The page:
According to UNHCR data, as of December 2022 Adjumani District alone hosted about 280,000 asylum seekers and refugees, registered in 18 camps. Of those, 86% were women and children. This is precisely the area where the Italian Agency for Development Cooperation (Aics) concentrates its activities in support to refugees and hosting communities.
'Through our Civil Society Organizations present on the field and in collaboration with the local authorities, we intervene with training and business creation activities for young people, developing income and livelihood opportunities often through the collaboration between South Sudanese refugees and Ugandan hosting communities. We also promote actions that can facilitate the conditions for an eventual return to the country of origin to help its reconstruction,' explains Giovanni Grandi, head of Aics Office in Nairobi. 'In this way, we support Ugandan policies encouraging the integration of refugees and mitigate possible tensions that may arise between the two cohabiting groups, and which stem mainly from the joint use of the natural resources.'
The adoption of measures to prevent and mitigate tensions between Ugandan and South Sudanese communities is essential where, due to protracted insecurity conditions, the South Sudanese refugee population is gradually settling in Uganda. The story of Grace, 35, is emblematic in this sense: Grace arrived 31 years ago as a refugee in Uganda, and still nowadays she is a resident in Elema camp (Adjumani district). Here, Aics is supporting the realization of infrastructural interventions, including the installation of water supply systems and the renovation of spaces to host community recreational activities. 'These interventions have also helped to reduce conflicts between refugee and host communities,' she says, referring in particular to the well built by Africa Mission - Cooperation and Development (C&S) right behind our backs.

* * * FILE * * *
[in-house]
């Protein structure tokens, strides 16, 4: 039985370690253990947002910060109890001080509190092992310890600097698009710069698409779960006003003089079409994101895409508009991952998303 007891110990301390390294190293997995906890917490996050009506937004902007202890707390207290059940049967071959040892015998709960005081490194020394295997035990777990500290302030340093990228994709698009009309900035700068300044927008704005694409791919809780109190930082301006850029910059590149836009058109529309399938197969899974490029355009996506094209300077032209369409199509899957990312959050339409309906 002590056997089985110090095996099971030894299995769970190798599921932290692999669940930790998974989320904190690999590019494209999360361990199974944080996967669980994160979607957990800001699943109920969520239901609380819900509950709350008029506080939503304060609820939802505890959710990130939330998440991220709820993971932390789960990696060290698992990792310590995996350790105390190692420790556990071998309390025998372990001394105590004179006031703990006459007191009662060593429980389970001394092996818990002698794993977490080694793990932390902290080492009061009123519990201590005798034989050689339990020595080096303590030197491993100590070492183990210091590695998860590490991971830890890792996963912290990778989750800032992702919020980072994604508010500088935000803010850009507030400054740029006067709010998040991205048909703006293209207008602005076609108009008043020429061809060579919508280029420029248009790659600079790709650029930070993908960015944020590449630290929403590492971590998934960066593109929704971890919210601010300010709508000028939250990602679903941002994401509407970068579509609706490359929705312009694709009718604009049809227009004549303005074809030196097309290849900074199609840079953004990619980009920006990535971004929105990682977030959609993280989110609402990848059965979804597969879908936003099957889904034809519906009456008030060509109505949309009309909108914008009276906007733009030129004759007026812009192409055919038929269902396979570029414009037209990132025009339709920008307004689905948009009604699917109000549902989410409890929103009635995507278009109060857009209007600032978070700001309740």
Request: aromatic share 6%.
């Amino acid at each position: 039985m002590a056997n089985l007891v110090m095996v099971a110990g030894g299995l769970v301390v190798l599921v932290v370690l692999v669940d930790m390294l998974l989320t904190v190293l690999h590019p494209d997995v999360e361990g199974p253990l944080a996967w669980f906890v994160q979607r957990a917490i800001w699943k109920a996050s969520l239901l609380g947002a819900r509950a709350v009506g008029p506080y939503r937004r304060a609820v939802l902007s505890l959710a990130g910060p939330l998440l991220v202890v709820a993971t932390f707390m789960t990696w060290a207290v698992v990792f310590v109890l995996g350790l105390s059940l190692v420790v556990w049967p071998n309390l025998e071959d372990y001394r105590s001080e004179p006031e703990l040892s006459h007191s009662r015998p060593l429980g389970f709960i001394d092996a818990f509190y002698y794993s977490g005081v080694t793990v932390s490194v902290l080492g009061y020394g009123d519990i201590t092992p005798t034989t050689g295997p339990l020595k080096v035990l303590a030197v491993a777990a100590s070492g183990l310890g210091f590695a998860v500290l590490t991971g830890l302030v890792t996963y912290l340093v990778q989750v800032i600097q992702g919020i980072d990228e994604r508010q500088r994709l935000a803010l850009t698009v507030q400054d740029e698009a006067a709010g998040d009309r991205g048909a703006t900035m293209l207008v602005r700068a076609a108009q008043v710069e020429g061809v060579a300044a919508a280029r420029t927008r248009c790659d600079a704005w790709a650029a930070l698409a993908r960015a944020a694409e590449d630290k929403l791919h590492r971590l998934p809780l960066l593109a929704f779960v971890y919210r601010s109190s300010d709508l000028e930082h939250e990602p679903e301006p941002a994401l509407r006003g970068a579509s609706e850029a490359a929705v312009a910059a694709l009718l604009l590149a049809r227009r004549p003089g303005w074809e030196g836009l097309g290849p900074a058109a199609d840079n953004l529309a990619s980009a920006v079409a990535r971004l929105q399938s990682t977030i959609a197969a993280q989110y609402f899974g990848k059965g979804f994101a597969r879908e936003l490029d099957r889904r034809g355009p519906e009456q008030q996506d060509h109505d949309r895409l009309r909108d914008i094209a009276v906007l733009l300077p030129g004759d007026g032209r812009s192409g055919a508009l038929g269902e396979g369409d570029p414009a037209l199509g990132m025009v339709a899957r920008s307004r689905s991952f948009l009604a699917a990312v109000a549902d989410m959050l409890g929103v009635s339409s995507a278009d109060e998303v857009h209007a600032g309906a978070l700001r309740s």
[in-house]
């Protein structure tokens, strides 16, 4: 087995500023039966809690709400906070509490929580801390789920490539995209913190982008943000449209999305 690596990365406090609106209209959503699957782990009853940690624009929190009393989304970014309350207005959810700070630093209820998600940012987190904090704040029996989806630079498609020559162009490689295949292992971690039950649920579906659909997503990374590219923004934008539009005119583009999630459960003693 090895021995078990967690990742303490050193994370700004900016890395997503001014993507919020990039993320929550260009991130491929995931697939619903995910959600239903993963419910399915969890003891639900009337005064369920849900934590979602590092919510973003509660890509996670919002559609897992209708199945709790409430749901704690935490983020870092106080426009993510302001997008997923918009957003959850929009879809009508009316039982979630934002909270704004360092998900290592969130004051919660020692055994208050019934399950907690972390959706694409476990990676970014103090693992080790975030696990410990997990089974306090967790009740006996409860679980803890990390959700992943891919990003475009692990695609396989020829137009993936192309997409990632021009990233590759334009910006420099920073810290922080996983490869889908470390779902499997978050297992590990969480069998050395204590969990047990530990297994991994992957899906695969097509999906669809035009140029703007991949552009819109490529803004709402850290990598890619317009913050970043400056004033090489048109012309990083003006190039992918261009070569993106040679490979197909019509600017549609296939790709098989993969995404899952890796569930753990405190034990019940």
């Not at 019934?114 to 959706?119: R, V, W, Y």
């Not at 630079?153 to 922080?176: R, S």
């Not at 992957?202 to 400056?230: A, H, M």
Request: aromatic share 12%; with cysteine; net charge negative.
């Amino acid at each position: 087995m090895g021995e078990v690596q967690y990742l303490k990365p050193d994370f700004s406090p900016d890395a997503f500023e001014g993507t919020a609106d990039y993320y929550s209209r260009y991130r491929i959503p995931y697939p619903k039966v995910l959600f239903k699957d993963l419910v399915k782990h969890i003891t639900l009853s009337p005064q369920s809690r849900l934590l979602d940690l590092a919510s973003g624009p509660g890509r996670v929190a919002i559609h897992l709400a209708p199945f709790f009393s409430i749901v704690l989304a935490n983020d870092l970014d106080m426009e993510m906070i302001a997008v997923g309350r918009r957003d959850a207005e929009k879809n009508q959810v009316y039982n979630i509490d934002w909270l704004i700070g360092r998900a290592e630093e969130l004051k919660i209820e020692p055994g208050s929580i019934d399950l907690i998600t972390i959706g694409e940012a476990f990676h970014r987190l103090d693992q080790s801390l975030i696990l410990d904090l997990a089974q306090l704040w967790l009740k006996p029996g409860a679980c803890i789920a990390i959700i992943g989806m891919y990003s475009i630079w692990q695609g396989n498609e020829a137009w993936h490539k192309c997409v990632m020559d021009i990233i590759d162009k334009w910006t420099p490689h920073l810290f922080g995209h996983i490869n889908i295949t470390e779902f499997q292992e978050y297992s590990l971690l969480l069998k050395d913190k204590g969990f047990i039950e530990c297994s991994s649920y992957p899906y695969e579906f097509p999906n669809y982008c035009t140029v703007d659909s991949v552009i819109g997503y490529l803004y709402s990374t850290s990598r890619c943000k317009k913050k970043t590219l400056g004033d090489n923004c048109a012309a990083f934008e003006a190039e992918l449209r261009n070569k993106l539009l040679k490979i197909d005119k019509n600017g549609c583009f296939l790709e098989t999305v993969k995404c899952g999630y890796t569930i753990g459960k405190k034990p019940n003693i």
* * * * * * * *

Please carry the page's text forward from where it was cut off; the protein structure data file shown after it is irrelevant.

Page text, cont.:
Grace is now a community leader, and she works as a translator at Elema health center, 'because the language barrier often creates problems of understanding between Ugandans and South Sudanese,' she explains. Grace completed primary and secondary education in Uganda. She has five children and has built her own house within the camp. 'The Ugandan refugees’ reception system works, they make refugees feel comfortable. My home, however, remains in South Sudan; my dream is to go back there one day, if there will ever be peace,' she confides to us as she looks far away.
Aics in Uganda intervenes with an emergency initiative aimed at promoting the integration of displaced, returning and refugee South Sudanese populations. The project intervenes in the refugee camps of Adjumani district through the renovation of community centers for young people and women and the construction of new water supply systems. The initiative also promotes agricultural activities and trade to improve the income of refugee families; some activities specifically target the integration between refugees and host communities to support peaceful coexistence. The initiative started in September 2022 and has an expected duration of 20 months; it is implemented by Africa Mission - Cooperation and Development in consortium with the Jesuit Refugee Service.